Detective accoutrements: While wandering around a deserted train car, Joe’s “detective radar” (87) perks up, alerting him that he’s not really alone. When Frank suggests looking over surveillance tape again, Joe says, “Frank’s detective button has been pushed” (100). What I want to know is where those pieces of technology were installed on their bodies. Or, if they are external tech, do they get strange looks from the people who see their detective radars and detective buttons?
Always order the special of the house: When eating at the RibRack, what do the boys order? Burgers and fries. Of course. They’ve had ribs before, while in Texas for The Swamp Monster, but they burgers are among their favorites: they ordered burgers in 22 books in the original canon.
If you weren’t there, I can’t explain to you how awesome the ‘90s were: Genji’s seventeenth birthday party is held on an excursion train, which travels from Indianapolis, through the Hoosier National Forest to the south, and back again. That’s not particularly ‘90s, and really, it doesn’t sound like a fun party for teenagers, no matter how much food they cram onto the train. (It sounds fun to me, but I’m a middle-aged white guy with a fondness for Midwestern forests and hills.) But! The ‘90s part is the entertainment on the train: “a boom box and an assortment of CDs” (77). Cool!
Also, Frank repeatedly calls Joe “bro.” This is not exclusively a ‘90s phenomenon, as much as I wish it was. But I think the trend can be traced back to the ‘90s. Also, there’s no excuse for Frank to say “bro.” Ever.
Villains are a weaselly and incompetently murderous lot: The villains swing between formidable and awful. On one hand, they pull off a plot that involves kidnapping the crew of a train at a critical juncture; one of the crooks fells Joe with one punch to the stomach, and he later hops off a near-runaway train with little damage. On the other hand, when one of them shoves Frank in front of a train, Frank has plenty of time to cross the tracks and get out of the way. Also, the point of kidnapping the train crew (and the subsequent mayhem) was to get Frank and Joe to drop the case, but the criminals never said that, and the boys were entirely unclear about why the train had been attacked. Better communication skills wouldn’t have helped the crooks, but it would have allowed everyone to take them more seriously.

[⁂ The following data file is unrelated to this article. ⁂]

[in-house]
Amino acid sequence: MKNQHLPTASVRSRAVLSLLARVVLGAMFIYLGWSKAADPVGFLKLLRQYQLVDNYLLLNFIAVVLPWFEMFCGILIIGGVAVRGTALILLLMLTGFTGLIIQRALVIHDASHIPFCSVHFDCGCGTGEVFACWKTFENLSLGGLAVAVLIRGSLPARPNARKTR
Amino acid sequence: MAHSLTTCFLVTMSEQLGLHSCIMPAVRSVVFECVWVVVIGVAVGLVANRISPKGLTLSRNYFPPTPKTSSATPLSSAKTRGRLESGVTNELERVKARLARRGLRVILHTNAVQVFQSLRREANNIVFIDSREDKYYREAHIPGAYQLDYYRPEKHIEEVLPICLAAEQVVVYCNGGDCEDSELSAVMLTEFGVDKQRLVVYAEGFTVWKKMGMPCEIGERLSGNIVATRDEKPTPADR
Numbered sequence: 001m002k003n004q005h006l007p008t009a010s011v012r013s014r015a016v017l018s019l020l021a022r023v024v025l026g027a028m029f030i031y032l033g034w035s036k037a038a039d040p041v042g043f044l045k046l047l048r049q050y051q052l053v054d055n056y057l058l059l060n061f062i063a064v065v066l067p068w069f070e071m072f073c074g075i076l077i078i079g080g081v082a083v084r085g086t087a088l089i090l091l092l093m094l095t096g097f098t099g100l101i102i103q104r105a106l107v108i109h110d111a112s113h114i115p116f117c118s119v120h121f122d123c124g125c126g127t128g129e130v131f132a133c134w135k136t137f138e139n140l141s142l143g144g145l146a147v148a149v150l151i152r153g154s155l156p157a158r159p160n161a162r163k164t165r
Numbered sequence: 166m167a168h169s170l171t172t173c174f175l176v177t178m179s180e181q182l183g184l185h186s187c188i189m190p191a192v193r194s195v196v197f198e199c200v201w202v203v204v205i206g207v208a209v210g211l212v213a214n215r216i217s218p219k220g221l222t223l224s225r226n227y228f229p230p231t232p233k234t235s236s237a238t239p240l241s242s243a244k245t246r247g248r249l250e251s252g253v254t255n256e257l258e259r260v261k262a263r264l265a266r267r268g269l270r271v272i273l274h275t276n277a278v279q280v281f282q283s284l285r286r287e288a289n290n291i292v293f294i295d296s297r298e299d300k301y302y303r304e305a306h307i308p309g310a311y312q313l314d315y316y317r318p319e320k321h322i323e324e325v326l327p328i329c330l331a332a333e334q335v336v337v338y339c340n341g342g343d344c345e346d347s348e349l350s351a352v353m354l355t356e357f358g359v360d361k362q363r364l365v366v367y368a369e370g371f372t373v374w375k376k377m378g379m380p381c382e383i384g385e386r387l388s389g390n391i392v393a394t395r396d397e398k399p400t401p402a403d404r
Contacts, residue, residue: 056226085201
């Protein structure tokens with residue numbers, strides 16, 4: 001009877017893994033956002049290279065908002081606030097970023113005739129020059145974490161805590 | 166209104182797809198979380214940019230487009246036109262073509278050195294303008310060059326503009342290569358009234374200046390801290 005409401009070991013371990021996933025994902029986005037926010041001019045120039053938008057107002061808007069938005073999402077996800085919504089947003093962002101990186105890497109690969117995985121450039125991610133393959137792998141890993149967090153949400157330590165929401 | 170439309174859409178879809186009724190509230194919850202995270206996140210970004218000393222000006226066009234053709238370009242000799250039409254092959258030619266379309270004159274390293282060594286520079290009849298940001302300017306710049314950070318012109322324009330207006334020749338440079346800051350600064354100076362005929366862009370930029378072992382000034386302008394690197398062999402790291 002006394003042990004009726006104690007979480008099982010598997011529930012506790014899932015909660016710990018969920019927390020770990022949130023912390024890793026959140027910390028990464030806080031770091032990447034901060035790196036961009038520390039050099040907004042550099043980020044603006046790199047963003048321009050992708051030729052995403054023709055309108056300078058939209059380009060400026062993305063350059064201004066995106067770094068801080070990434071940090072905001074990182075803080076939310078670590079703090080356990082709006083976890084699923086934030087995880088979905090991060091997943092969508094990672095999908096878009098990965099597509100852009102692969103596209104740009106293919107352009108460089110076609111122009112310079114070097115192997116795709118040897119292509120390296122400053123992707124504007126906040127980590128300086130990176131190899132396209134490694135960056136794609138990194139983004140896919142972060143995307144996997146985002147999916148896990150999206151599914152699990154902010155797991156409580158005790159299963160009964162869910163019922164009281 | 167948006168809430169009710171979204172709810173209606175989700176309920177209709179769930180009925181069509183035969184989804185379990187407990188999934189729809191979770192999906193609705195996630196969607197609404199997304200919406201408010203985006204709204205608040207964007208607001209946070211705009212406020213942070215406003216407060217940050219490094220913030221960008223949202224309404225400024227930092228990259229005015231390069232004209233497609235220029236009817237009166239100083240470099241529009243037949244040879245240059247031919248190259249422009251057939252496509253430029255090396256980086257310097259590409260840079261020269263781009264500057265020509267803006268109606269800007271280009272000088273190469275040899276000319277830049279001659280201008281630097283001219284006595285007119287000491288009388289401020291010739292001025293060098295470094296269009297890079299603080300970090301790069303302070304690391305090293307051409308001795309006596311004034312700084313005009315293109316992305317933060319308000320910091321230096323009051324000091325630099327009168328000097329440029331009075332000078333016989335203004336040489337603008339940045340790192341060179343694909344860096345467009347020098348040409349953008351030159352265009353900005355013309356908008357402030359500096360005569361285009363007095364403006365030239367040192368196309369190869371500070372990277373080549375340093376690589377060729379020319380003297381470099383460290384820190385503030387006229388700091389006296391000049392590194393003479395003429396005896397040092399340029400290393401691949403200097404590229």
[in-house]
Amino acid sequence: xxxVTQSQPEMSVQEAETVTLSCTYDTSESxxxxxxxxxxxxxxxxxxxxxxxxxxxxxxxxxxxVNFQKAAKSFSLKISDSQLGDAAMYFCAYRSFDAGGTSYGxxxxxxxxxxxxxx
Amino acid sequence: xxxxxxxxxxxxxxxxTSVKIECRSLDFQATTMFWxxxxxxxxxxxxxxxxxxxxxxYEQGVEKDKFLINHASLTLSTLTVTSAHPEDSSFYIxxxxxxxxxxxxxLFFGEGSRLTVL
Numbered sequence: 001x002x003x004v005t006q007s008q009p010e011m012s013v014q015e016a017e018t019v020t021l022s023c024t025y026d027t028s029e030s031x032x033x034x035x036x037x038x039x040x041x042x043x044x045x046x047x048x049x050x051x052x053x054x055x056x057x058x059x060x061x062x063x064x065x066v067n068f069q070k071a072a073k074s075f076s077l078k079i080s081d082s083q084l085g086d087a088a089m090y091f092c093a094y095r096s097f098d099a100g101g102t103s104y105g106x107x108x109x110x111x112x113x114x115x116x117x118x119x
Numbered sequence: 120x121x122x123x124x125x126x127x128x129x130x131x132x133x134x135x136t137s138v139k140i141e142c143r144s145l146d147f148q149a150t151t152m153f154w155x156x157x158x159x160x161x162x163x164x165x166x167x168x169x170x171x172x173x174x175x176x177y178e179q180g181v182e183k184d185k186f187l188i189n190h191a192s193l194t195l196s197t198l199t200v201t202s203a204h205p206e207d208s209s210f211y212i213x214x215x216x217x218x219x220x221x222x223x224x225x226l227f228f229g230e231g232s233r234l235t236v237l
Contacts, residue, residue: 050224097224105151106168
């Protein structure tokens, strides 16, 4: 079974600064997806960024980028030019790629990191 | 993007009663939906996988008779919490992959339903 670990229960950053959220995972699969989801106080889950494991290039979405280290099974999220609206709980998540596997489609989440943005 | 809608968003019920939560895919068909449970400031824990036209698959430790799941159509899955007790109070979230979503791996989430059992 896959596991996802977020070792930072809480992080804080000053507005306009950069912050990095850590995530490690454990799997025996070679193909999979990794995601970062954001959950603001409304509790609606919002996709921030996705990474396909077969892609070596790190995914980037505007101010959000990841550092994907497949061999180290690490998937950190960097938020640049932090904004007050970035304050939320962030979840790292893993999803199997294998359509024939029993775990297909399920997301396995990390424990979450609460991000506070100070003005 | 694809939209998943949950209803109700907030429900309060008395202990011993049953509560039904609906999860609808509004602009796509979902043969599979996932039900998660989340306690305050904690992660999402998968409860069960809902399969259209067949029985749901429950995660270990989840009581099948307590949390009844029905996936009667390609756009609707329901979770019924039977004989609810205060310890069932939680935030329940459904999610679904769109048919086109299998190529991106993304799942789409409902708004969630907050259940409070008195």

The narration uncharacteristically editorializes after the final villain was captured: “From that point on, he behaved like the whining weasel he really was” (147). Perhaps he was a weasel, but he deserves more respect than that; he almost got away with it! (Unfortunately, the boys just happened across him at a food court near the Hardys’ hotel. In all of the city of Indianapolis, he just happened to be at the wrong place!)
You’re learning about trains!: Frank, Joe, and Jackson are awakened every morning at 6:30 by the arrival of the Hoosier State, an Amtrak train that runs between Indianapolis and Chicago, as it prepared to head to Chicago. The Hoosier State leaves even earlier in 2014; according to Amtrak’s June 9, 2014 schedule, the Hoosier State leaves Indianapolis at 6 a.m. on its way to the Windy City. The Hoosier State runs only on Sunday, Tuesday, Wednesday, and Friday, but the Cardinal, which runs from New York to Chicago, leaves Indianapolis at 6 a.m. on Monday, Thursday, and Saturday.)
The boys (and Jackson) stay at a hotel in Indianapolis’s old Union Station; the three share an old Pullman car, still resting on its tracks, refurbished as a hotel room. Shockingly, these rooms are real, and they are still available for guests of the Crowne Plaza at Historic Union Station hotel. The rooms sound cool, but they also sound very noisy.
I don’t think you’re real EMTs: After Frank and Joe save the adult collectors from the Ridiculously Slow Death Trap after a day of imprisonment, the paramedics prescribe “soup and juice right away” (143) for Agawa. Soup and juice? It was only one day; it’s not like he was about to starve. Are these people in the pocket of Big Soup and the Juice Conglomerate?
Opinions: Sidetracked to Danger is a bit bland, and it even fails to live up to the promise of action model trains imply. True, there are scenes on real trains, but those trains are either stationary or the party / excursion train. Neither is worthy of the great Hardy adventure tradition. Combine that with the glittering city of Indianapolis, and you have a book that fails to generate much interest.
Grade: C. In three months, I will forget I ever read this book, even though it has a travelogue of downtown Indianapolis, a place I have been to and probably will return to.